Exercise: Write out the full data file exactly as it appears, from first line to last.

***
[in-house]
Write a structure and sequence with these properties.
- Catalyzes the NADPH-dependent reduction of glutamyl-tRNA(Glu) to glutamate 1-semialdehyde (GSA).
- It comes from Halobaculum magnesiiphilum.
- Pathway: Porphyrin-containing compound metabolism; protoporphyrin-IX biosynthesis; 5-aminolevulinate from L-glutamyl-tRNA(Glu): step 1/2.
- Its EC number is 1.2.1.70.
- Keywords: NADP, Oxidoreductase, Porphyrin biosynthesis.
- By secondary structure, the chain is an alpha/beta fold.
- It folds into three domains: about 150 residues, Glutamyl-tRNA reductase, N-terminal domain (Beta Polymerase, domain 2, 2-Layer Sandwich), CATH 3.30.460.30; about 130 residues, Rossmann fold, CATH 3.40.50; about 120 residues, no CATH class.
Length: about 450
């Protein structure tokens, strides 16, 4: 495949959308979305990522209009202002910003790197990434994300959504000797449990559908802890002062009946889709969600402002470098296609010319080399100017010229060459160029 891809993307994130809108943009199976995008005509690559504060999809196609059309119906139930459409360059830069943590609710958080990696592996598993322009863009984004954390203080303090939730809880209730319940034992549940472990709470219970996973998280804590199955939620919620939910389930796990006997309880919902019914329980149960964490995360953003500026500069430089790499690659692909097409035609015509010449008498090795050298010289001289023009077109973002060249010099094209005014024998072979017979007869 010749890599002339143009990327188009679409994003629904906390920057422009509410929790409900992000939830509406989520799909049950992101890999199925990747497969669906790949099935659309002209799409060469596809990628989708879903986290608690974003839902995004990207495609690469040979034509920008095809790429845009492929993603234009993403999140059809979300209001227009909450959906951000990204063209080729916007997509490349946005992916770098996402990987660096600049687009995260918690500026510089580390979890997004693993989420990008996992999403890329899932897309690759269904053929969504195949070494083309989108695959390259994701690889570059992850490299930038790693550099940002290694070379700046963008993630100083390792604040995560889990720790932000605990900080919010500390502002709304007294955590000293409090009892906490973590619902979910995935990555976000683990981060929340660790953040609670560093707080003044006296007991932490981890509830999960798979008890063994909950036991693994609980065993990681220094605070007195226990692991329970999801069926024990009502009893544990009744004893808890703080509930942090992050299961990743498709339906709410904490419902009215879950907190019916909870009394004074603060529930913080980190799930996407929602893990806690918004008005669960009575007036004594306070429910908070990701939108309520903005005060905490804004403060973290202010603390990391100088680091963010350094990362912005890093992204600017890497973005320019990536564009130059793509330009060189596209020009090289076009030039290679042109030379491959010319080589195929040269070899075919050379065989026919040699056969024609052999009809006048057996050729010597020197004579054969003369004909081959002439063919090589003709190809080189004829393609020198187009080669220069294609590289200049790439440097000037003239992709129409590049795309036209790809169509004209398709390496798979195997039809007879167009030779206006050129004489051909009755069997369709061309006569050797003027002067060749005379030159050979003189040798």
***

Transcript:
[in-house]
Write a structure and sequence with these properties.
- Catalyzes the NADPH-dependent reduction of glutamyl-tRNA(Glu) to glutamate 1-semialdehyde (GSA).
- It comes from Halobaculum magnesiiphilum.
- Pathway: Porphyrin-containing compound metabolism; protoporphyrin-IX biosynthesis; 5-aminolevulinate from L-glutamyl-tRNA(Glu): step 1/2.
- Its EC number is 1.2.1.70.
- Keywords: NADP, Oxidoreductase, Porphyrin biosynthesis.
- By secondary structure, the chain is an alpha/beta fold.
- It folds into three domains: about 150 residues, Glutamyl-tRNA reductase, N-terminal domain (Beta Polymerase, domain 2, 2-Layer Sandwich), CATH 3.30.460.30; about 130 residues, Rossmann fold, CATH 3.40.50; about 120 residues, no CATH class.
Length: about 450
């Protein structure tokens, strides 16, 4: 495949959308979305990522209009202002910003790197990434994300959504000797449990559908802890002062009946889709969600402002470098296609010319080399100017010229060459160029 891809993307994130809108943009199976995008005509690559504060999809196609059309119906139930459409360059830069943590609710958080990696592996598993322009863009984004954390203080303090939730809880209730319940034992549940472990709470219970996973998280804590199955939620919620939910389930796990006997309880919902019914329980149960964490995360953003500026500069430089790499690659692909097409035609015509010449008498090795050298010289001289023009077109973002060249010099094209005014024998072979017979007869 010749890599002339143009990327188009679409994003629904906390920057422009509410929790409900992000939830509406989520799909049950992101890999199925990747497969669906790949099935659309002209799409060469596809990628989708879903986290608690974003839902995004990207495609690469040979034509920008095809790429845009492929993603234009993403999140059809979300209001227009909450959906951000990204063209080729916007997509490349946005992916770098996402990987660096600049687009995260918690500026510089580390979890997004693993989420990008996992999403890329899932897309690759269904053929969504195949070494083309989108695959390259994701690889570059992850490299930038790693550099940002290694070379700046963008993630100083390792604040995560889990720790932000605990900080919010500390502002709304007294955590000293409090009892906490973590619902979910995935990555976000683990981060929340660790953040609670560093707080003044006296007991932490981890509830999960798979008890063994909950036991693994609980065993990681220094605070007195226990692991329970999801069926024990009502009893544990009744004893808890703080509930942090992050299961990743498709339906709410904490419902009215879950907190019916909870009394004074603060529930913080980190799930996407929602893990806690918004008005669960009575007036004594306070429910908070990701939108309520903005005060905490804004403060973290202010603390990391100088680091963010350094990362912005890093992204600017890497973005320019990536564009130059793509330009060189596209020009090289076009030039290679042109030379491959010319080589195929040269070899075919050379065989026919040699056969024609052999009809006048057996050729010597020197004579054969003369004909081959002439063919090589003709190809080189004829393609020198187009080669220069294609590289200049790439440097000037003239992709129409590049795309036209790809169509004209398709390496798979195997039809007879167009030779206006050129004489051909009755069997369709061309006569050797003027002067060749005379030159050979003189040798």